Splunk and NewYork-Presbyterian fight together against abuse medication

Splunk and NewYork-Presbyterian fight together against abuse medication

Splunk has started a collaboration with NewYork-Presbyterian, a health organization in New York. The two organisations are going to develop an analytical tool together to prevent medication from getting into the wrong hands, reports MedCity News.

NewYork-Presbyterian currently uses Splunk Enterprise and Splunk Enterprise Secuity, which are two security solutions. The organization realized that the same ideas could be used to create a tool to monitor medication.

Splunk’s dedicated platform – the controlled substance monitoring platform – will enable NewYork-Presbyterian to track data from electronic health data, dispensing systems of pharmacies and the Electronic Prescription of Controlled Substances platform.

This allows the system to see if medication may be issued for illegal purposes. Think, for example, of a doctor who prescribes medication for a patient who is not in hospital at all. In addition, the solution can help protect against writing out expensive medication for inappropriate purposes.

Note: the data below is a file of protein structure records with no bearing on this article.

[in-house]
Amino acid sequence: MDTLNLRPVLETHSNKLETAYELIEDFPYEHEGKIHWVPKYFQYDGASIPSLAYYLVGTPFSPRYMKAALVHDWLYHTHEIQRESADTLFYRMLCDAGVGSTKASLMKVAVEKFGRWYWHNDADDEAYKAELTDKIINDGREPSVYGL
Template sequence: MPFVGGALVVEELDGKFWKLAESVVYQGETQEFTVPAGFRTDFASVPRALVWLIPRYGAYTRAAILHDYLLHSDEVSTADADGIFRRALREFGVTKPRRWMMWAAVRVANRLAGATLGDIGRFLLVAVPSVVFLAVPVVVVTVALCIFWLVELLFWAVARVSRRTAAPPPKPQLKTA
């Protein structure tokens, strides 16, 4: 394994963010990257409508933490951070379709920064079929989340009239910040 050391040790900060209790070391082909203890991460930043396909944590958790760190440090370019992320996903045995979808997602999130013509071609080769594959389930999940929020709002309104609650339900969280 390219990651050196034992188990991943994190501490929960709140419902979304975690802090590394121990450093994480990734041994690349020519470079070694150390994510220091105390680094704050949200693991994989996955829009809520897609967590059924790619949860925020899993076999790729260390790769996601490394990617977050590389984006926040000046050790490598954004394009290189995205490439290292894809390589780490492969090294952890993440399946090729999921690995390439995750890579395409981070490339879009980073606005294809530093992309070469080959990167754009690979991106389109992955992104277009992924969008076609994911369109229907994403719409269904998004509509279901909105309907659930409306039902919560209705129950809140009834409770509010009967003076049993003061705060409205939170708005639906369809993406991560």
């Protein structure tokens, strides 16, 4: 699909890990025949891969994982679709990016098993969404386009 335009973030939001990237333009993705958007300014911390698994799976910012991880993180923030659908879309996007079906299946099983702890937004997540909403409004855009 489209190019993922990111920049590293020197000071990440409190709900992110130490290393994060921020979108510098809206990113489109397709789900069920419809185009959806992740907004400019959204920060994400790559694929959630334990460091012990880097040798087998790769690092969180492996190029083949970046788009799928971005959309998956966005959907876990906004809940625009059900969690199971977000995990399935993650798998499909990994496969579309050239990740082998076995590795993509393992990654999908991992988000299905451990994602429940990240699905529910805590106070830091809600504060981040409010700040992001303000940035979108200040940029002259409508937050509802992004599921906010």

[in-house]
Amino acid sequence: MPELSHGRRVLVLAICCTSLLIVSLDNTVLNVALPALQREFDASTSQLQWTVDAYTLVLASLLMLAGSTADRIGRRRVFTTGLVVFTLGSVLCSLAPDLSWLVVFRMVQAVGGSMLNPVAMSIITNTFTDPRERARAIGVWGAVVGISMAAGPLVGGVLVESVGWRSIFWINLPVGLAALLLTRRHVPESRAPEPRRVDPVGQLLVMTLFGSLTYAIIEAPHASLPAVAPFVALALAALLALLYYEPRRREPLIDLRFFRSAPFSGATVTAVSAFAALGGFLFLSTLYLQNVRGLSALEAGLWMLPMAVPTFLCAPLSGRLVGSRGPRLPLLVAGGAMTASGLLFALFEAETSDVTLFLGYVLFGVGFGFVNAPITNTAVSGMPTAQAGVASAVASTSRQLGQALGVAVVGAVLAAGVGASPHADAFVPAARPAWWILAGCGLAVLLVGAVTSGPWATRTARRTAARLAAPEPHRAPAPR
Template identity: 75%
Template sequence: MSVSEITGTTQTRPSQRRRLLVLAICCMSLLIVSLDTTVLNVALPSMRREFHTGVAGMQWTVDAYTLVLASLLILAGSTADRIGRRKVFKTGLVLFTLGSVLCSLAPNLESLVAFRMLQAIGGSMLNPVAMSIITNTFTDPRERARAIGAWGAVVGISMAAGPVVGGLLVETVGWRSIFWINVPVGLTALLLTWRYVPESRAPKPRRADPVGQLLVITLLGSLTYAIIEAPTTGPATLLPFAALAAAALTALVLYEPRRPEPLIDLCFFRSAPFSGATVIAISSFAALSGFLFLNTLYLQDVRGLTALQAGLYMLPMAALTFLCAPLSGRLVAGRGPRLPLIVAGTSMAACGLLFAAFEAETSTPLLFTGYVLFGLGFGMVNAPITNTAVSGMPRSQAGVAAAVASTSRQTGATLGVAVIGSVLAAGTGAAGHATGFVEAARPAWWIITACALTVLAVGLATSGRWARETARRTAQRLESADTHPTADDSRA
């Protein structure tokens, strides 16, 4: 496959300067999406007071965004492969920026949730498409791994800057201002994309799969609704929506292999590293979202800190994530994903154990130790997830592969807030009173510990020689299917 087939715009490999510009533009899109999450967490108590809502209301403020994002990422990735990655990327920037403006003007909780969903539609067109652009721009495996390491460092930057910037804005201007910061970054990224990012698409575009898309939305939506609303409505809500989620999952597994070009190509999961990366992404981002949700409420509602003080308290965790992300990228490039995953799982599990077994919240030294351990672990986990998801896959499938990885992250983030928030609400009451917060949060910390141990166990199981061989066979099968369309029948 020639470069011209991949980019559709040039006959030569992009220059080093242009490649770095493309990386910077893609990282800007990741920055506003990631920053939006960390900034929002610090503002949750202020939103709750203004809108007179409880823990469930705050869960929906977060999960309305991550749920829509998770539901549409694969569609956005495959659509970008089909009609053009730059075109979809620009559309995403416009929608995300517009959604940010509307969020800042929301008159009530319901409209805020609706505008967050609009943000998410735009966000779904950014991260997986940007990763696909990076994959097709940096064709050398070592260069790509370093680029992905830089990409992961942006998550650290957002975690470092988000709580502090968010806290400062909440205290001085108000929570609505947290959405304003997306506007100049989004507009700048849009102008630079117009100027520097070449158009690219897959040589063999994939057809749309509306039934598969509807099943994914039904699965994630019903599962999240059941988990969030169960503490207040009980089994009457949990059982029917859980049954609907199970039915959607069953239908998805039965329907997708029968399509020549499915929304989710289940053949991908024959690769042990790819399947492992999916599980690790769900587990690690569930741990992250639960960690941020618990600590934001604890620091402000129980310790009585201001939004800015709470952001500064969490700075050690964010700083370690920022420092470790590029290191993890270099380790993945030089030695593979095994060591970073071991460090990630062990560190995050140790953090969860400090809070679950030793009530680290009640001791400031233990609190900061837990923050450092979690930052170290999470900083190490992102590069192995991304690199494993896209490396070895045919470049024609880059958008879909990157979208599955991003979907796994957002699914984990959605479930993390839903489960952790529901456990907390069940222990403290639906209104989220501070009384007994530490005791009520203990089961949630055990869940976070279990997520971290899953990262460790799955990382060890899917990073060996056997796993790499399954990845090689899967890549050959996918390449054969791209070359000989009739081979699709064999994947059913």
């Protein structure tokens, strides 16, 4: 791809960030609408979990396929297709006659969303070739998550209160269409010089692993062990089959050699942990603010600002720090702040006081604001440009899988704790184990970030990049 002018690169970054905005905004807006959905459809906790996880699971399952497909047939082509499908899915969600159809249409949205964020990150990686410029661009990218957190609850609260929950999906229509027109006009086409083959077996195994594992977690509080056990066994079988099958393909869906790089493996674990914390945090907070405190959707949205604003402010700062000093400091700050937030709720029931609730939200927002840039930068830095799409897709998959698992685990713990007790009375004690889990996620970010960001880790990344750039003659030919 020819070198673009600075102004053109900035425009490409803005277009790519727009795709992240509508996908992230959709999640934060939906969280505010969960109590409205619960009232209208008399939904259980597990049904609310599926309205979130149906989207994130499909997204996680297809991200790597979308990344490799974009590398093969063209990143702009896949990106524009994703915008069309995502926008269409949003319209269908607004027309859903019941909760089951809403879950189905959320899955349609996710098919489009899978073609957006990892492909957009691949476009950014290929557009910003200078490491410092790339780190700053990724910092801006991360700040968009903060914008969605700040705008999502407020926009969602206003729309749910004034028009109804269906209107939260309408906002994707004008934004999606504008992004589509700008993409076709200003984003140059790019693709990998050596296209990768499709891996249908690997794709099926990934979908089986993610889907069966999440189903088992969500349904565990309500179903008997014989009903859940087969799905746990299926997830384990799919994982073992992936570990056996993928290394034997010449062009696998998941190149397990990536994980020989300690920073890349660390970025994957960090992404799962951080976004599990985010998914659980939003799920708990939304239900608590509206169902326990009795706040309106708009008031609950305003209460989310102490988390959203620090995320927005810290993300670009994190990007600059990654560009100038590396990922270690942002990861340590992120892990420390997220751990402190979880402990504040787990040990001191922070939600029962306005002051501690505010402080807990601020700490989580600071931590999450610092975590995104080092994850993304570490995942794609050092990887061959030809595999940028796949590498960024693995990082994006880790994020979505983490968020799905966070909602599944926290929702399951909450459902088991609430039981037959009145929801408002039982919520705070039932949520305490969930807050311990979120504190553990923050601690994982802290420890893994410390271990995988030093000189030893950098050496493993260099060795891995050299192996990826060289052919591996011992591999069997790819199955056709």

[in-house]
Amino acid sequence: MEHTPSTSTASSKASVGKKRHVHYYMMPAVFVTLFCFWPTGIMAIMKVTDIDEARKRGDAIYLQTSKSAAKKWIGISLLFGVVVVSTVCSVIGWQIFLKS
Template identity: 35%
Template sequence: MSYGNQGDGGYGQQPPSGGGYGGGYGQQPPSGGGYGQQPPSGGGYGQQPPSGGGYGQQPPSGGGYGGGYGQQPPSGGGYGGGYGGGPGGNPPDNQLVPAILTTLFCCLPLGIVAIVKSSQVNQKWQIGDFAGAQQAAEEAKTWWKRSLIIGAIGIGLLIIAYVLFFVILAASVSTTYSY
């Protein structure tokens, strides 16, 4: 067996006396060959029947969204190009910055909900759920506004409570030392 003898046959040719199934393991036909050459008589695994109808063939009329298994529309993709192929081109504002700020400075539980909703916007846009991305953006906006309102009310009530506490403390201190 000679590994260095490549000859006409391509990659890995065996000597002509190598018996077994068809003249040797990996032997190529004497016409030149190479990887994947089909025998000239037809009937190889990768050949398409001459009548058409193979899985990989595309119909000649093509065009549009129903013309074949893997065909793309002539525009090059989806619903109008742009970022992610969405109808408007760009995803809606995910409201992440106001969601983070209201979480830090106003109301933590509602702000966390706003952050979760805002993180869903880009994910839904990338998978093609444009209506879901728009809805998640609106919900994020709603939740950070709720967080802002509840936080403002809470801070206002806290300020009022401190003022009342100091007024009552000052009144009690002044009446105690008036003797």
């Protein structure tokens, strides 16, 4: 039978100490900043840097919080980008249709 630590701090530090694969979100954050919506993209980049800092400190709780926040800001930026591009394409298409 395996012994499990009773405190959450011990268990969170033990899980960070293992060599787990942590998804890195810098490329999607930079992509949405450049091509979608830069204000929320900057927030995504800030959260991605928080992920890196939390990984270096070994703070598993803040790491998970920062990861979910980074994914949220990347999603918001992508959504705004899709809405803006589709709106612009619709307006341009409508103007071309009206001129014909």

Leading role

“At a time when overdose deaths across the country and in New York City are at a crisis level – especially due to the opioid epidemic – health workers have a responsibility to protect themselves from possible drug abuse,” said Jennings Aske, senior vice president and chief information security officer at NewYork-Presbyterian.

“NewYork-Presbyterian takes a leading role in protecting the public by establishing very effective controls to prevent the illegal use of controlled substances. In the end, we hope that other hospitals will also benefit from the new platform,” the intention is that the platform will be implemented in the organisation in the second quarter.

In addition, the two organizations are also working on an improved data analytics solution that investigates unauthorized access to patient data. The health system already has a policy to protect patient privacy, but the Splunk tool needs to add additional measures. This includes the ability to send real-time alarms when someone is viewing unauthorized information about a patient.

This news article was automatically translated from Dutch to give Techzine.eu a head start. All news articles after September 1, 2019 are written in native English and NOT translated. All our background stories are written in native English as well. For more information read our launch article.